Mr. Jenkins: They don’t get tired, injured or go full speed every play. They just go and go and go. The stars I’ve seen up close are just remarkable in their consistency and effort. They give the same things all the time no matter what they’re doing. They make special plays in practice all the time. The people around them are not surprised when those things happen in the game because the diving plays, game winning shots, and amazing tackles are things that they do everyday.


Mr. Collura: Sometimes with high school sports it seems like everyone has an approach of “D1 or bust” and many athletes focus so much on protecting a potential D1 persona. What is your advice to athletes consumed with portraying that they are D1?

Mr. Jenkins: Look at the numbers. It’s such a low percentage that is D1. It’s more important to go to a place with your appropriate skill level and your ability to finance college. You want to get to a level that is best for you. Even if you have aspirations of playing beyond high school there are schools that are small schools D1, D2 and D3, and HBCU’s that get guys drafted all the time. Finding a place that you fit in and works best for you should be the approach and mindset. If you’re D1, great, but if you’re not, it’s not a bad thing and shouldn’t be looked at like a disappointment.   


Mr. Collura: What were some of your best memories as an RV athlete?

Mr. Jenkins: The general excitement of my teammates or players in any of the sports I played are what I remember. The look on a teammates face as they came off the field after they made a big play or I made a big play are the special moments to me. I loved the team atmosphere, and even if I got too big for my shoes, the other players put me in my place in a hurry and no one outside would have seen those moments. To me it was so great because they weren’t scared to say what they had to say and everyone had egos, but everyone respected each other enough to say when enough is enough.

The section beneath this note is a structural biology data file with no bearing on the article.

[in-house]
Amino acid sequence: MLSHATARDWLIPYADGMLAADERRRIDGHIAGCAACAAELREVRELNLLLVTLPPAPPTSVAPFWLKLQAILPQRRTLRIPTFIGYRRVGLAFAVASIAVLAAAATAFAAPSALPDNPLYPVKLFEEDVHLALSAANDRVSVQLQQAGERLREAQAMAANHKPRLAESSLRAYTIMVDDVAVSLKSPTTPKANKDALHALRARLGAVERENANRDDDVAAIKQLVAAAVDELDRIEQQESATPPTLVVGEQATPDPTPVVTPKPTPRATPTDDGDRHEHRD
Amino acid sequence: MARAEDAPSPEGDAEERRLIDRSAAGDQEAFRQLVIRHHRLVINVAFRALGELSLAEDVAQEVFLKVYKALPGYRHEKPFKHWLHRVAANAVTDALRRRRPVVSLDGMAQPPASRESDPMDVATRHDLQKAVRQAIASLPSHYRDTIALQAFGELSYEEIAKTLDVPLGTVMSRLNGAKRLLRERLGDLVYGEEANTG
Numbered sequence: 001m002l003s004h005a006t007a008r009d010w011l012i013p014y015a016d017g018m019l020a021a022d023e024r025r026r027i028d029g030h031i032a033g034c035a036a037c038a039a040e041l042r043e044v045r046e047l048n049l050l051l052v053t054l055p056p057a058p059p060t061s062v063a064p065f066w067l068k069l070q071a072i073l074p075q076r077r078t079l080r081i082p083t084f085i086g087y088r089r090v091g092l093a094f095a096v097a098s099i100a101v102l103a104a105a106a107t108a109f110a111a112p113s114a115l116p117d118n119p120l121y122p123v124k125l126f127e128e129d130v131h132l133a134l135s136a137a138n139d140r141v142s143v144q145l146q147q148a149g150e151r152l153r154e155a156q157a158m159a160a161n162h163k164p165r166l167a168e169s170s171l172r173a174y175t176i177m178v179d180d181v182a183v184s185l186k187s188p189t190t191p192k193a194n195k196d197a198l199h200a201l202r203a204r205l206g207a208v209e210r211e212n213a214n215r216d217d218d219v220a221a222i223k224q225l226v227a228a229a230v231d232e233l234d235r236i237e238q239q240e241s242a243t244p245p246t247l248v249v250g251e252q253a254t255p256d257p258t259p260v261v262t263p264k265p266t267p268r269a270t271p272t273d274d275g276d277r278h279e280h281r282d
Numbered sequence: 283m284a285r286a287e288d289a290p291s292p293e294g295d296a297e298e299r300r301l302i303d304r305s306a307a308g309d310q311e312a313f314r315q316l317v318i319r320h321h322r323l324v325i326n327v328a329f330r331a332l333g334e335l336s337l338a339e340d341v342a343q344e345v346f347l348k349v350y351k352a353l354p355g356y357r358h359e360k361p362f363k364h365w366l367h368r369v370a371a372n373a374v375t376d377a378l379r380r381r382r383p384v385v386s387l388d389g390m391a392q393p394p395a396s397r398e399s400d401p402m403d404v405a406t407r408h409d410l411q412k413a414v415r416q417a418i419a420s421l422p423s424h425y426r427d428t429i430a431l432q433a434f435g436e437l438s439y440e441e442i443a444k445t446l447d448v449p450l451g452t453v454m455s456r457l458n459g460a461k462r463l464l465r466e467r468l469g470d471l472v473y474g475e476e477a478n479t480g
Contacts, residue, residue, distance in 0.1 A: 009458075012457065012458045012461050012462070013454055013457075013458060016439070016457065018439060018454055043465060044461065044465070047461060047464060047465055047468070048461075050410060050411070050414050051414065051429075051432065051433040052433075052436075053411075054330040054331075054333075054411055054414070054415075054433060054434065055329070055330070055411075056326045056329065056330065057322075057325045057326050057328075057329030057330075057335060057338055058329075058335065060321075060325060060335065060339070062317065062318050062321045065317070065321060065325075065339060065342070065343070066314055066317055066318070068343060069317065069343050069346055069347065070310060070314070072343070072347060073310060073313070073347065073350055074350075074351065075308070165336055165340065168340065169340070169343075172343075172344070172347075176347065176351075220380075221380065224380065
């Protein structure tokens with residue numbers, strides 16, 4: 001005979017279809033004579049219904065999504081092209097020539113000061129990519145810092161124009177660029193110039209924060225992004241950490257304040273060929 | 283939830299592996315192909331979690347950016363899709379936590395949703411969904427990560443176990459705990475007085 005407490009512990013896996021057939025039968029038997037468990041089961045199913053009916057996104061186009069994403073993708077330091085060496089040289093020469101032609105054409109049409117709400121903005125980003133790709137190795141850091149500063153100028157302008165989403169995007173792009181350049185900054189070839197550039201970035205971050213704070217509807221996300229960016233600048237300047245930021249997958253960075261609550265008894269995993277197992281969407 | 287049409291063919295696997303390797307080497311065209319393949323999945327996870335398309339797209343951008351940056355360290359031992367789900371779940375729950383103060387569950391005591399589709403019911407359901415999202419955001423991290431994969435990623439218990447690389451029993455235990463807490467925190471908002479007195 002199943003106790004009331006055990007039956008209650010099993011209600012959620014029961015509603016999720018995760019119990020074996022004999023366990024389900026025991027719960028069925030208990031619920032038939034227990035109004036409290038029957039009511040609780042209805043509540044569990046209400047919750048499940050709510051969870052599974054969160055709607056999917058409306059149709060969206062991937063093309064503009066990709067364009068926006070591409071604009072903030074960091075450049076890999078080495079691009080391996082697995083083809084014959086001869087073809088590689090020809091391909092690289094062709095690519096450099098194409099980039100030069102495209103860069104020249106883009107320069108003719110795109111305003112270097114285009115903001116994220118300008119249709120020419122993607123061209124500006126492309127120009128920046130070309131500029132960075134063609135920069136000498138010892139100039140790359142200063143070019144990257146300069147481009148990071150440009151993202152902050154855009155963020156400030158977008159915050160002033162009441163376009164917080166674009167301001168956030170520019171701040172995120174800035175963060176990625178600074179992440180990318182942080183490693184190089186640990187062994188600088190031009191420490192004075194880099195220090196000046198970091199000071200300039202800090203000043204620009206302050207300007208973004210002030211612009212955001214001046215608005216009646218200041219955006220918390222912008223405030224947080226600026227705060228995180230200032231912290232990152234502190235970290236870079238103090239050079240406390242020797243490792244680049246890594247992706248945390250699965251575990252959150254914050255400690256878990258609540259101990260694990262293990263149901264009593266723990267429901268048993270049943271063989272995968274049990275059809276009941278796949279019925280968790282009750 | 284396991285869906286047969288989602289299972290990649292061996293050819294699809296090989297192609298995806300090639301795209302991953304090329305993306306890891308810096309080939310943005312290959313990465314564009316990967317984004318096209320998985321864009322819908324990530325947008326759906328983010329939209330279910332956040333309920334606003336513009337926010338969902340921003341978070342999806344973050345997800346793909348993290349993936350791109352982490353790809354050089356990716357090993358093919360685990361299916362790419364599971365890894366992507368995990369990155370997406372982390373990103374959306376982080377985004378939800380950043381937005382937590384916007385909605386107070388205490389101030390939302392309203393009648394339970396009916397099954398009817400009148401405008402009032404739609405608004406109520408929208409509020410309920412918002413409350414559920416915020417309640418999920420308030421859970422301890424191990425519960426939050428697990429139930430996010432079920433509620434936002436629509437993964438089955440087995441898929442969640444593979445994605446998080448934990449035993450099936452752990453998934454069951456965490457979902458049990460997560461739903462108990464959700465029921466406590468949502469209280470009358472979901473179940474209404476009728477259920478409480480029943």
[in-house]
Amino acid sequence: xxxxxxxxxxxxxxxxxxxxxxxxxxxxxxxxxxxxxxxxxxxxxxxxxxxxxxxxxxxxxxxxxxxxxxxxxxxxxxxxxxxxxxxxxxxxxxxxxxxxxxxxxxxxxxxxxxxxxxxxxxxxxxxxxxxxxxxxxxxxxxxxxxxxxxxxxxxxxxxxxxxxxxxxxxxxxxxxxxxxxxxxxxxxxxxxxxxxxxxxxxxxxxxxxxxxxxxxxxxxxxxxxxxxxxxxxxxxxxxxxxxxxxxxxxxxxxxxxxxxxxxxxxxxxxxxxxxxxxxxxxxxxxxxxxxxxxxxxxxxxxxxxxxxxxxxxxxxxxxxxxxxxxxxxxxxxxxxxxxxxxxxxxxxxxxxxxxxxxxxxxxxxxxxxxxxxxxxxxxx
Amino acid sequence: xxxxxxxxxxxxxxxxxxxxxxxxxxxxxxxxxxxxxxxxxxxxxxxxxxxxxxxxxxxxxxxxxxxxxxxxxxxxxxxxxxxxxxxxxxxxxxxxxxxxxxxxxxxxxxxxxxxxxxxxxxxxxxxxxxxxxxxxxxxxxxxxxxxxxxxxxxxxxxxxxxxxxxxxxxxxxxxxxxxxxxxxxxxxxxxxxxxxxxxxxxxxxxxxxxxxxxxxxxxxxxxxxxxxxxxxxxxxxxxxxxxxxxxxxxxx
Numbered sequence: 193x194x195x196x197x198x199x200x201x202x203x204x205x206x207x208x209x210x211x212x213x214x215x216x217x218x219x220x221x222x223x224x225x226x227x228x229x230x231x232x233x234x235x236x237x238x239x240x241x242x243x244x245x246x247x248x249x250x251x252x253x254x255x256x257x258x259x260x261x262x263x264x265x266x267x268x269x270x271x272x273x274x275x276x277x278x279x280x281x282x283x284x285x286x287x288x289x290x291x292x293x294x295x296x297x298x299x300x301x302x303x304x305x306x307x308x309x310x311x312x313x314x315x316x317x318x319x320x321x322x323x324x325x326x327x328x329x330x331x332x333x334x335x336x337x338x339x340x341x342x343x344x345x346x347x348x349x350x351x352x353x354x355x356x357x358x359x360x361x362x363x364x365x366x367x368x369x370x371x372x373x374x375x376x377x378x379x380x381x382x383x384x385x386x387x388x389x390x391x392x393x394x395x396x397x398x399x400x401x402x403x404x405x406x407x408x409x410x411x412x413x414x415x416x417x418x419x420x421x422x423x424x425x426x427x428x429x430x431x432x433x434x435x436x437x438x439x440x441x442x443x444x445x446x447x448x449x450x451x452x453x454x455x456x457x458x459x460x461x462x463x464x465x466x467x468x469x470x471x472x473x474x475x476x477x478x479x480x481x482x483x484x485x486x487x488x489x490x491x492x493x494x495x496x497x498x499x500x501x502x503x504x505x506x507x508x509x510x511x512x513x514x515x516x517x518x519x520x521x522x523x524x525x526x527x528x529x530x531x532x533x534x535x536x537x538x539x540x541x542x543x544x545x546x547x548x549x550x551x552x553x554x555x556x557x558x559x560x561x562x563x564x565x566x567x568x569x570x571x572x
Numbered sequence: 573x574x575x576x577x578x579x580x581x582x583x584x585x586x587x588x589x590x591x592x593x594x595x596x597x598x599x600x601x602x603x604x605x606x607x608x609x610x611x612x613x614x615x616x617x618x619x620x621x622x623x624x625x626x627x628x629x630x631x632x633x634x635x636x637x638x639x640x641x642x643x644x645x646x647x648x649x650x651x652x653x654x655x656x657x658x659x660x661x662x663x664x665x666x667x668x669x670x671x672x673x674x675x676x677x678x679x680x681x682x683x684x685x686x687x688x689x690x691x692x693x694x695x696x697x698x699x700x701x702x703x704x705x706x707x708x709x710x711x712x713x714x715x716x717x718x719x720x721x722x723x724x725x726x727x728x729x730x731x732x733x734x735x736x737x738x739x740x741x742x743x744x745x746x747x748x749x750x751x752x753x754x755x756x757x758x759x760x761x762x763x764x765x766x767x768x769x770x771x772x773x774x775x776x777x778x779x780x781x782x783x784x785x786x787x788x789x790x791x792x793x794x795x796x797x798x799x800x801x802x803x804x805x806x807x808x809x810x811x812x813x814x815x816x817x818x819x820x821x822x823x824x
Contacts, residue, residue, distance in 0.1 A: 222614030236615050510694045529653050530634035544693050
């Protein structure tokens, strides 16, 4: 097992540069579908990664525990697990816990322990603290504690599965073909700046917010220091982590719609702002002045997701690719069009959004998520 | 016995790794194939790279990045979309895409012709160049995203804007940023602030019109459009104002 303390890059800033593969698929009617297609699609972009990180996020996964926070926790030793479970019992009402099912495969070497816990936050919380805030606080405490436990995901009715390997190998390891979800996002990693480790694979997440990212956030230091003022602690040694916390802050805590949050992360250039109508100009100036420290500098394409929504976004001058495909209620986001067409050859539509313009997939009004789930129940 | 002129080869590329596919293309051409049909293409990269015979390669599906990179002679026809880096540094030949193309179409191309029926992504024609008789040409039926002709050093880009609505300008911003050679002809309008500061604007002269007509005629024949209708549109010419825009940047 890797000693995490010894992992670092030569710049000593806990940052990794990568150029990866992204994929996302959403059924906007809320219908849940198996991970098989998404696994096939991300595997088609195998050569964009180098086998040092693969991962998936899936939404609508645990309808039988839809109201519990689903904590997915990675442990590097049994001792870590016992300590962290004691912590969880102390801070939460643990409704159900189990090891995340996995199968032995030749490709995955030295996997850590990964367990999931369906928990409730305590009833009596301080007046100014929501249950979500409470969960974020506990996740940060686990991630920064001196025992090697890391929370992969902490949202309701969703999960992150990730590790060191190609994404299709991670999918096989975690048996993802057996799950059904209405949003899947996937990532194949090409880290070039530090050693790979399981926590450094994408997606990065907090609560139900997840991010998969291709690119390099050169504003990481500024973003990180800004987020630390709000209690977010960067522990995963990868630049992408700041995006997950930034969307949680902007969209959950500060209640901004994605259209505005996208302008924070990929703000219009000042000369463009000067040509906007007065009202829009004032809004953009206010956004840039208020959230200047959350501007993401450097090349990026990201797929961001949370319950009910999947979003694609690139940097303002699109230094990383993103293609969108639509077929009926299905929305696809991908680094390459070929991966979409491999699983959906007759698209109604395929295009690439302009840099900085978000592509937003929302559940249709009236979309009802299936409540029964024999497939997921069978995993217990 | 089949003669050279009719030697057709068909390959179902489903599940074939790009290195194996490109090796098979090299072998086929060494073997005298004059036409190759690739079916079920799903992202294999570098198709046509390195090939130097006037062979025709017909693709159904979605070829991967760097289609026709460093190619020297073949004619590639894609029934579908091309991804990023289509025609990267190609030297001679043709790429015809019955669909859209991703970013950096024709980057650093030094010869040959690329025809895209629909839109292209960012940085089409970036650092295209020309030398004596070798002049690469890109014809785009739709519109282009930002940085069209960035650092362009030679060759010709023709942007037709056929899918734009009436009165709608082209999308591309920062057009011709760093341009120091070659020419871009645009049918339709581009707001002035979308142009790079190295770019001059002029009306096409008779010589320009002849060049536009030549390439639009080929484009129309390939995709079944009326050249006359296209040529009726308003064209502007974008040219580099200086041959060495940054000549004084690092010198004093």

The seniors that I won the championship with in high school won a championship at 100 lbs [as] freshman, and then as seniors. The respect and relationships amongst my teammates were the best memories. There were a lot of moments with our championship game, parade, and big plays, but it wasn’t about all that. It’s more about the feelings than the moments for me. Those feelings are things that I’ll never forget.


Mr. Collura: Many adults talk about how sports have changed at the youth level. Would you say there are any obvious changes and if so what are they?

Mr. Jenkins: I don’t think kids have changed at all. What has changed is that adults allow kids to do things they didn’t do before and how adults react to stuff. Kids would be the same now that they were 30 years ago if we didn’t change . Adults are too busy trying to make the path easier that affords less creative children and we see changes in the game. The expectations, parents and all the stuff on the field have changed. Parents may have got your cleats, but they would tell you to just get out there and play. Being forced to figure things out and not have the easy way out made us better in the long run. Not having those opportunities that kids have now to avoid the difficulties was better for us.